Portioli Logo


In the early 60’s, with the transition from Bar to Torrefazione in via Buoncompagni, the Company acquired the existing Tomoka brand alongside that of Buongustai; both brands spread to Milan and its province. In the early 80’s, the roasting company gradually expanded, starting dealing with other provinces and other Italian regions. The years of the economic boom actually gave rise to the need to think of a logo. It was from the thought and foresight of Giorgio Portioli, founder of the company, that the current Portioli logo was born. The idea was to create a unique and distinctive sign, which at the same time reminded and recalled Italian espresso to perfection. Even the choice of color was not casual, but thought to stand out from all the other coffee roasters that used the classic coffee colors such as brown, red, beige etc. It was in 1988 that the Portioli logo became an actual brand. Initially accompanied by different claims such as “Torrefazione”, “1958” up to its clean and essential version. In 2018, for the 50th anniversary of the company, a restyling of the brand was carried out, which gave life to the new logo called Portioli Style, still used today.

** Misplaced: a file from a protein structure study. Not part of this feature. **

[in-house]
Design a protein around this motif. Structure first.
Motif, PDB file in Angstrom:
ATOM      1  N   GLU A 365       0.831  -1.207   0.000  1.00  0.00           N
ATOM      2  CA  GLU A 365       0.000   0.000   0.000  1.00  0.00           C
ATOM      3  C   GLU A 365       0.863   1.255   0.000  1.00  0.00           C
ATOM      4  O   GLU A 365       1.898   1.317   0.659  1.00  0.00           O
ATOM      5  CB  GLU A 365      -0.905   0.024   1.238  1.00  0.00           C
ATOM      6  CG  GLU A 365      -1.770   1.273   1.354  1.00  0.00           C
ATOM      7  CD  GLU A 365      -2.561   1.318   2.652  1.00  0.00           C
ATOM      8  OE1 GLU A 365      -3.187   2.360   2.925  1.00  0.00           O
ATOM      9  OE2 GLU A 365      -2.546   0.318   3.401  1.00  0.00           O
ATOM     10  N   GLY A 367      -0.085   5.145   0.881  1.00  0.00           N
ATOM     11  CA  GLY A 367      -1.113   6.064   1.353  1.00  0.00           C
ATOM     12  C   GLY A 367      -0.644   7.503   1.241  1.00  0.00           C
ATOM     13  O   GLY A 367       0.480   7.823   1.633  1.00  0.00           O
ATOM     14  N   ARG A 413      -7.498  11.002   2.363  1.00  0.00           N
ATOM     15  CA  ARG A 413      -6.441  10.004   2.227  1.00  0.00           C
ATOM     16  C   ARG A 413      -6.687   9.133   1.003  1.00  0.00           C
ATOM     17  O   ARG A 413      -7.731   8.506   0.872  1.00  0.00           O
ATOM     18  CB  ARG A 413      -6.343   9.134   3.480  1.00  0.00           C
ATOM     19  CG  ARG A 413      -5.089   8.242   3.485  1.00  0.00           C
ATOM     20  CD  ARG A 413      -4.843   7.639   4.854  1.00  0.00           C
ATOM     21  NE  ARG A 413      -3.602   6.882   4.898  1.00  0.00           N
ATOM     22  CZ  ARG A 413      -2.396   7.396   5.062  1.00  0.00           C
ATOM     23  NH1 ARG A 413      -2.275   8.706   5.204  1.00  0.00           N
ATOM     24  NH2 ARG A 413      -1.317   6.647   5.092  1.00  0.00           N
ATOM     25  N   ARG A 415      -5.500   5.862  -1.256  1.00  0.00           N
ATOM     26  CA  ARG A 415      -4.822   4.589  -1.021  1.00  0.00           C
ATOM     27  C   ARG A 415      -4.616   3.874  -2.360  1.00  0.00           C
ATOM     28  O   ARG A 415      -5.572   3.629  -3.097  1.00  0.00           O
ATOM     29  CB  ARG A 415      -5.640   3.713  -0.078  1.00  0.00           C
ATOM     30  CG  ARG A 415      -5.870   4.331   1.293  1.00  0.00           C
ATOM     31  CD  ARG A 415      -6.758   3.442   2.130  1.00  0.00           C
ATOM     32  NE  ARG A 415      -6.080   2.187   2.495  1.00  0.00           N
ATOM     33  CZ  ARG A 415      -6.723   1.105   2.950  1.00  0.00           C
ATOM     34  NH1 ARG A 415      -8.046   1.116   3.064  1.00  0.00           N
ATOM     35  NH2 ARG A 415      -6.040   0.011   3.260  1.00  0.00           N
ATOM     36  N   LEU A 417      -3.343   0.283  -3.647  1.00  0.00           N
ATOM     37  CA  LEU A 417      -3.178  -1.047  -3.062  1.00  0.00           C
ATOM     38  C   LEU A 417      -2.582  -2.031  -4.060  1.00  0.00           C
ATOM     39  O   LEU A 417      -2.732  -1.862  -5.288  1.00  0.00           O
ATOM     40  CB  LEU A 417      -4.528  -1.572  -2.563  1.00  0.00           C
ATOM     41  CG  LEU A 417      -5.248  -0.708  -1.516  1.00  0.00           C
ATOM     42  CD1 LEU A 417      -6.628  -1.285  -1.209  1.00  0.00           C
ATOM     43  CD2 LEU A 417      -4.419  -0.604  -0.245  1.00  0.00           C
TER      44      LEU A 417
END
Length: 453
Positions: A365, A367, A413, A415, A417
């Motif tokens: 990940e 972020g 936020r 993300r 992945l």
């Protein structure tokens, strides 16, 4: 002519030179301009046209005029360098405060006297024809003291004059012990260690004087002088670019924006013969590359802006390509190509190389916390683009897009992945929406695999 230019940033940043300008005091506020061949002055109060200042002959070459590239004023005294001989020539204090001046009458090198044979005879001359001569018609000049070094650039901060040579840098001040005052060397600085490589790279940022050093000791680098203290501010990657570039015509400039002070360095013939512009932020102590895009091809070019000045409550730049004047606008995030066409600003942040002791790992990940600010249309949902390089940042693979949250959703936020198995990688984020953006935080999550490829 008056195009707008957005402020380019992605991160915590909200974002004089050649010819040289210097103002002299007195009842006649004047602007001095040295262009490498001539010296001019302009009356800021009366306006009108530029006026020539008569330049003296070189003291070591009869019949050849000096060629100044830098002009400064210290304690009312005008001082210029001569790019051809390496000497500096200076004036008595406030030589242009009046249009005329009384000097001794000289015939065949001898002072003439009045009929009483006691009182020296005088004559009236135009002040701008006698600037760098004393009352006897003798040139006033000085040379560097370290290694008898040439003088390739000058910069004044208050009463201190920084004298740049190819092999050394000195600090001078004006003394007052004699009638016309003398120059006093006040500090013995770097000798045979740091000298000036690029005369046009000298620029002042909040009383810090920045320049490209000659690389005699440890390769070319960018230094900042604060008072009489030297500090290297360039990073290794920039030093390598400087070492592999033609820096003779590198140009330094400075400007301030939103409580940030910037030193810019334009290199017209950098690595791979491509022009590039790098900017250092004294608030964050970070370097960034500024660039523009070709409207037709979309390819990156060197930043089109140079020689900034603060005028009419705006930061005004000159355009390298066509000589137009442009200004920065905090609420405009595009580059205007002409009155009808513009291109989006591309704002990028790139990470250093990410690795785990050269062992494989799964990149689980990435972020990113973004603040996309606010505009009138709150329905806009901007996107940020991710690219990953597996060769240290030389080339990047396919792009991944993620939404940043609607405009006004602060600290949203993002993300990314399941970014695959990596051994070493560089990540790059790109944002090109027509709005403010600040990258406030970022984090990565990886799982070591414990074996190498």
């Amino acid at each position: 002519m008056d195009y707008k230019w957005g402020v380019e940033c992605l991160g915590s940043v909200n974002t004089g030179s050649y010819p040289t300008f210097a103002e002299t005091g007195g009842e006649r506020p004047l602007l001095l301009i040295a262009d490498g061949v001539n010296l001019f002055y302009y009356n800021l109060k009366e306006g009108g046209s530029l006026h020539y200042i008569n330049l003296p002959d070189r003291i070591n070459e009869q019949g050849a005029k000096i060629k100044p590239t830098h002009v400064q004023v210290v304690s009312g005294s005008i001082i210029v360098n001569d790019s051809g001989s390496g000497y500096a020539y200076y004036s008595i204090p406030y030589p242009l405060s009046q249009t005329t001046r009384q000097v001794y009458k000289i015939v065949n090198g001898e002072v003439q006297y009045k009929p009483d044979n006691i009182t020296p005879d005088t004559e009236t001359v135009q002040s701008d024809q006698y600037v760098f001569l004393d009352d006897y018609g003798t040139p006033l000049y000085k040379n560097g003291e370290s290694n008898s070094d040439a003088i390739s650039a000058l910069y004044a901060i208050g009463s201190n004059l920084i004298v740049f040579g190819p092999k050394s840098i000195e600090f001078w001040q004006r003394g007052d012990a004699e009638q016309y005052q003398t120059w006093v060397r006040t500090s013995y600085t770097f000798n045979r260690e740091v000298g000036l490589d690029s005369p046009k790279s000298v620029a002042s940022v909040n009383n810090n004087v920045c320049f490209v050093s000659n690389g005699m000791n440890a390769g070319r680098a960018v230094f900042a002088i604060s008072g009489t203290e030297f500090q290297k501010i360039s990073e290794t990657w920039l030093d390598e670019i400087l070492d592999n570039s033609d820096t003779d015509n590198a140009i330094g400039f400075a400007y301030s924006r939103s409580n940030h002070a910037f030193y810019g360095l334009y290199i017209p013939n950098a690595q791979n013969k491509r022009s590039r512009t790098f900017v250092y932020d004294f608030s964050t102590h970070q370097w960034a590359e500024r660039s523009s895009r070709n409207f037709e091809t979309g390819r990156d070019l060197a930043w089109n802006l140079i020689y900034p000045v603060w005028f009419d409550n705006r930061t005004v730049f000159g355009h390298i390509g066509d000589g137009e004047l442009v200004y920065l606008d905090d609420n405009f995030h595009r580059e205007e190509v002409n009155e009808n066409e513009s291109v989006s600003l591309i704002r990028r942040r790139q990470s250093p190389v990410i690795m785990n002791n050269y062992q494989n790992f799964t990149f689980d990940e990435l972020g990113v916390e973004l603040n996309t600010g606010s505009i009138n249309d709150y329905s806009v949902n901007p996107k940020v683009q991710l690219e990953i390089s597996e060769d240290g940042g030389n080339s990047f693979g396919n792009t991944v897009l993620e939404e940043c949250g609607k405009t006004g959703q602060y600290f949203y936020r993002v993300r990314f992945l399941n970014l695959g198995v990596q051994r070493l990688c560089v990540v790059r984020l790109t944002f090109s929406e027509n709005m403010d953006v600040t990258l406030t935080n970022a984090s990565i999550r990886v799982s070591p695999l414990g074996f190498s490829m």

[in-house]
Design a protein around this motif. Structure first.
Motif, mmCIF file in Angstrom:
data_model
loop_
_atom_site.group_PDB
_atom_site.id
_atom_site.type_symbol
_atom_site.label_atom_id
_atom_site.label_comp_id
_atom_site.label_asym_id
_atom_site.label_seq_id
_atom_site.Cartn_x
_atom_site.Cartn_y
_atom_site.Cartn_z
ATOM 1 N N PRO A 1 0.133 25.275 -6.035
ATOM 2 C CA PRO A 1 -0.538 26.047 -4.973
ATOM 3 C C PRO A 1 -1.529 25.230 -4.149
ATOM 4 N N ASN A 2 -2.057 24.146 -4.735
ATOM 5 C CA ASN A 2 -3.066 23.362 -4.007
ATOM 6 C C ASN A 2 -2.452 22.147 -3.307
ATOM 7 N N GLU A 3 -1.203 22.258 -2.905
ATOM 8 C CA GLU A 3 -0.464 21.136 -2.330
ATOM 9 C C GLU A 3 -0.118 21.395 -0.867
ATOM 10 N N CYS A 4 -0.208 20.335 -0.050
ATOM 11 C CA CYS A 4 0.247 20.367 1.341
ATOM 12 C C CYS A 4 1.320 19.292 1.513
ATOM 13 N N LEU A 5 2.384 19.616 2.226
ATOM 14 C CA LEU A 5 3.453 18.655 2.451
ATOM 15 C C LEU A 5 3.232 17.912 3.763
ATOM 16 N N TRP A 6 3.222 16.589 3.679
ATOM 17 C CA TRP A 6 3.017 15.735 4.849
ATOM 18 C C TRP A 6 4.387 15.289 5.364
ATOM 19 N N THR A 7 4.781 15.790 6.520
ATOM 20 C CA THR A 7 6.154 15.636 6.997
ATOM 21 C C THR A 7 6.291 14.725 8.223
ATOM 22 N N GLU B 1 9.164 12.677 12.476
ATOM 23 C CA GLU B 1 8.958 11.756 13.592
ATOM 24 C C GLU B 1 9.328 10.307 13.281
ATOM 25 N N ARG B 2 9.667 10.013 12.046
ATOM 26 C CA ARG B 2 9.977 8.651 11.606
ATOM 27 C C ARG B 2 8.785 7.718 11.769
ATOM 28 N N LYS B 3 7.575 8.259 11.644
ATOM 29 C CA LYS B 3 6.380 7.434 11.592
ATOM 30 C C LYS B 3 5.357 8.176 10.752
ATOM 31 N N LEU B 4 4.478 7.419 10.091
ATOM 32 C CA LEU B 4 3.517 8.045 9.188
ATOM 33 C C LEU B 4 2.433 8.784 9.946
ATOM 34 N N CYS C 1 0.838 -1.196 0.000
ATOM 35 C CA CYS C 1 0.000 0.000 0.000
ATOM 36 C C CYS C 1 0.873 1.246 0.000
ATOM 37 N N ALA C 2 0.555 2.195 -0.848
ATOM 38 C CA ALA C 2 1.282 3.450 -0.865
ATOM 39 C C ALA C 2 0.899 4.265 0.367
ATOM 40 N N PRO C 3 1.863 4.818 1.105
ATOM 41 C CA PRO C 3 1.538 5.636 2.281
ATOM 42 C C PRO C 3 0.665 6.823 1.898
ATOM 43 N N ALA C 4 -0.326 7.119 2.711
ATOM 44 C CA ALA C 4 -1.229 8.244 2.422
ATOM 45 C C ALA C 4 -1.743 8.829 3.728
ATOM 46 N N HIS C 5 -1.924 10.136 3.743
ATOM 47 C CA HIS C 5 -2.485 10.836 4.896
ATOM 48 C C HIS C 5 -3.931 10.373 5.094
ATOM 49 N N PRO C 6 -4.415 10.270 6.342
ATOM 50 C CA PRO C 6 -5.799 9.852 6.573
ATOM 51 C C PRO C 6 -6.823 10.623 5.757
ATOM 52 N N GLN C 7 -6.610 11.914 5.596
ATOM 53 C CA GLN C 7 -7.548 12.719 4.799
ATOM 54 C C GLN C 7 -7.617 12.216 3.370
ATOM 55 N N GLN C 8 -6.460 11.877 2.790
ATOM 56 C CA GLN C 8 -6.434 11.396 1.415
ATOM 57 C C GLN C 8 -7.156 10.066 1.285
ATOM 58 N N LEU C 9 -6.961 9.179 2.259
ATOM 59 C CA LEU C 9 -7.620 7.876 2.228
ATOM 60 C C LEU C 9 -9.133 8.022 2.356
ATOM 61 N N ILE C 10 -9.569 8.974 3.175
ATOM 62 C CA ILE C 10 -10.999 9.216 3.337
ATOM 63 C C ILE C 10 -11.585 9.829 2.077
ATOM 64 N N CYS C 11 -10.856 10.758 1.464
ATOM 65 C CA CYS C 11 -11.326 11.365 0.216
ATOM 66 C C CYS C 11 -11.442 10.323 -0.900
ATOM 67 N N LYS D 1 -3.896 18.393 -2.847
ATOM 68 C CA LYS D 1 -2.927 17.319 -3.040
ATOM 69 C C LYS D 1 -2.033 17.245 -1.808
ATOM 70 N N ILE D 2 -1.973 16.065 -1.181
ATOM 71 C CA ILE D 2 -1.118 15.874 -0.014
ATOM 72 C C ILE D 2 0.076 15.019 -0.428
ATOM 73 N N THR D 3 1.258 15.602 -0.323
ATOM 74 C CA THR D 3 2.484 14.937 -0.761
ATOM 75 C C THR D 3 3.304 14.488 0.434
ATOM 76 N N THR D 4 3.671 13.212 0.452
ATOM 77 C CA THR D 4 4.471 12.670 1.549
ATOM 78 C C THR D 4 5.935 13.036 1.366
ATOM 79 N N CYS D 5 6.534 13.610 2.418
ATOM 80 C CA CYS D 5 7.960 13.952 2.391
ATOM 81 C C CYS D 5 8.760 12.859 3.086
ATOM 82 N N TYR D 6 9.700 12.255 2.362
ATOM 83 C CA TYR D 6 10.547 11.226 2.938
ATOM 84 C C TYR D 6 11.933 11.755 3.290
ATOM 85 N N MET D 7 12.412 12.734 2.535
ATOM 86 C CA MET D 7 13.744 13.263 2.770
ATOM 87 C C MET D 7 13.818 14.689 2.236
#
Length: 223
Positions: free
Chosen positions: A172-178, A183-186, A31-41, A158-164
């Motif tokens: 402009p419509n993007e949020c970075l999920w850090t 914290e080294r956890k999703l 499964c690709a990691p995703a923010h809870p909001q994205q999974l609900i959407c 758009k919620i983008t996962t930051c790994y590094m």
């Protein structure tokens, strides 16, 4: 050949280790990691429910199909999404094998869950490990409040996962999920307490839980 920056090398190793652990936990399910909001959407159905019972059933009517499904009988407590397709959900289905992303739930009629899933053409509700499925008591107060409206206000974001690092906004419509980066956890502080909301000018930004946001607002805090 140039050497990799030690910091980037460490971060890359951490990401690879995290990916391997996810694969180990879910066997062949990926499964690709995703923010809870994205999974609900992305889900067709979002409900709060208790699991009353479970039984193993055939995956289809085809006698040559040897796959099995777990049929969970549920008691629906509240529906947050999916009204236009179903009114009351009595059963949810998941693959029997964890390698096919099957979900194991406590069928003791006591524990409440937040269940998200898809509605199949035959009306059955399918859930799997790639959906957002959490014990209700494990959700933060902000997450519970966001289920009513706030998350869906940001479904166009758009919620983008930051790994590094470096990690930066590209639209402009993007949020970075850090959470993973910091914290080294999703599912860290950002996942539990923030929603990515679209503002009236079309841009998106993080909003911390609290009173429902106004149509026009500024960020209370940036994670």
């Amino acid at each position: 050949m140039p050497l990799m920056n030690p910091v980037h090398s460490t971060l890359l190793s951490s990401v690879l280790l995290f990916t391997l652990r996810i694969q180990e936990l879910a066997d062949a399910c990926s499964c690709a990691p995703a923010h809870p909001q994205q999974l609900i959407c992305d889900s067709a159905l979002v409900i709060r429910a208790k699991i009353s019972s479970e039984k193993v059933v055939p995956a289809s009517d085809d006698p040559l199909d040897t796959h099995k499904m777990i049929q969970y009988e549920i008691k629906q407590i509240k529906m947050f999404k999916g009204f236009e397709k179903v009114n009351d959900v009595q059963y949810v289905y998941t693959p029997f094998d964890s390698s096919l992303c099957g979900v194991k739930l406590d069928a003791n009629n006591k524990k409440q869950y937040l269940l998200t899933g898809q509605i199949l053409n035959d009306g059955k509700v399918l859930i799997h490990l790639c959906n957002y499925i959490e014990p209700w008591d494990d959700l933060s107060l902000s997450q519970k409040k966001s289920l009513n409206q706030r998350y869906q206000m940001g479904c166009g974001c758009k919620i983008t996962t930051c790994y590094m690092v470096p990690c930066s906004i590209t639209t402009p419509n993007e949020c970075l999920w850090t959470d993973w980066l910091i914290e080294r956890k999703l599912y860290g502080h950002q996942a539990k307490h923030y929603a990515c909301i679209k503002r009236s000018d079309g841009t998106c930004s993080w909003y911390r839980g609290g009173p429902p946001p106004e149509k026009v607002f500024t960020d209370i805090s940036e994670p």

Portioli Style

An exclusive sign alongside the Portioli logo, a line drawn with a single and quick movement that outlines the “face” of the brand. A sign describing a portion of a 60-year journey of passion for espresso and anticipating a journey into the future, towards a tradition that is strengthened by renovation. Today this trait characterizes all our products, from the packaging of the blends, to the traded items, from the cups up to the clothing line. The goal is to offer our customers a coordinated image within the venue, in line with what we call The Portioli Style.

Portioli_Design_Portioli Style


An unusual color for coffee companies, chosen by Giorgio Portioli precisely with the aim of distinguishing itself from the competition. A cheerful, sparkling and lively color that symbolizes optimism, positivity and good humor. A new logo with this fuchsia “little uncommon”, a strategy and a very specific commercial choice, different but above all at the forefront in those years when coffee was a strongly masculine product.

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